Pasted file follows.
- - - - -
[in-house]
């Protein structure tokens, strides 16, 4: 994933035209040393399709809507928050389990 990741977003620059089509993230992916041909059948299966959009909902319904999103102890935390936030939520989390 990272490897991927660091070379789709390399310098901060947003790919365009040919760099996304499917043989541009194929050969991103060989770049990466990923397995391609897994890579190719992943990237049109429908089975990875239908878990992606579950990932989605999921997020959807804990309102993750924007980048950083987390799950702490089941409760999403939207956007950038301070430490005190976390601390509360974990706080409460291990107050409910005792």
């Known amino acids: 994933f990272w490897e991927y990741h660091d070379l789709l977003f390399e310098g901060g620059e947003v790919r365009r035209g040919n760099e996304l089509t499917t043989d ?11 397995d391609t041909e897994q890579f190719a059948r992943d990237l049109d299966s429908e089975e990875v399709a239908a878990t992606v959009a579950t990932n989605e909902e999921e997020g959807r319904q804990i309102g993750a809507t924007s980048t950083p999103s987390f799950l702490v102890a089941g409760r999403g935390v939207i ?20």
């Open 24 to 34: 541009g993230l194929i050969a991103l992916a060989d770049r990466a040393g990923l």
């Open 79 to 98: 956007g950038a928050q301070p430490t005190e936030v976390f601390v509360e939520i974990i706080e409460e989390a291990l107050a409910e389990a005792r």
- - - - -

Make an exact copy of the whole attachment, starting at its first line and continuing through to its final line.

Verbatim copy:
[in-house]
């Protein structure tokens, strides 16, 4: 994933035209040393399709809507928050389990 990741977003620059089509993230992916041909059948299966959009909902319904999103102890935390936030939520989390 990272490897991927660091070379789709390399310098901060947003790919365009040919760099996304499917043989541009194929050969991103060989770049990466990923397995391609897994890579190719992943990237049109429908089975990875239908878990992606579950990932989605999921997020959807804990309102993750924007980048950083987390799950702490089941409760999403939207956007950038301070430490005190976390601390509360974990706080409460291990107050409910005792």
């Known amino acids: 994933f990272w490897e991927y990741h660091d070379l789709l977003f390399e310098g901060g620059e947003v790919r365009r035209g040919n760099e996304l089509t499917t043989d ?11 397995d391609t041909e897994q890579f190719a059948r992943d990237l049109d299966s429908e089975e990875v399709a239908a878990t992606v959009a579950t990932n989605e909902e999921e997020g959807r319904q804990i309102g993750a809507t924007s980048t950083p999103s987390f799950l702490v102890a089941g409760r999403g935390v939207i ?20």
């Open 24 to 34: 541009g993230l194929i050969a991103l992916a060989d770049r990466a040393g990923l």
């Open 79 to 98: 956007g950038a928050q301070p430490t005190e936030v976390f601390v509360e939520i974990i706080e409460e989390a291990l107050a409910e389990a005792r």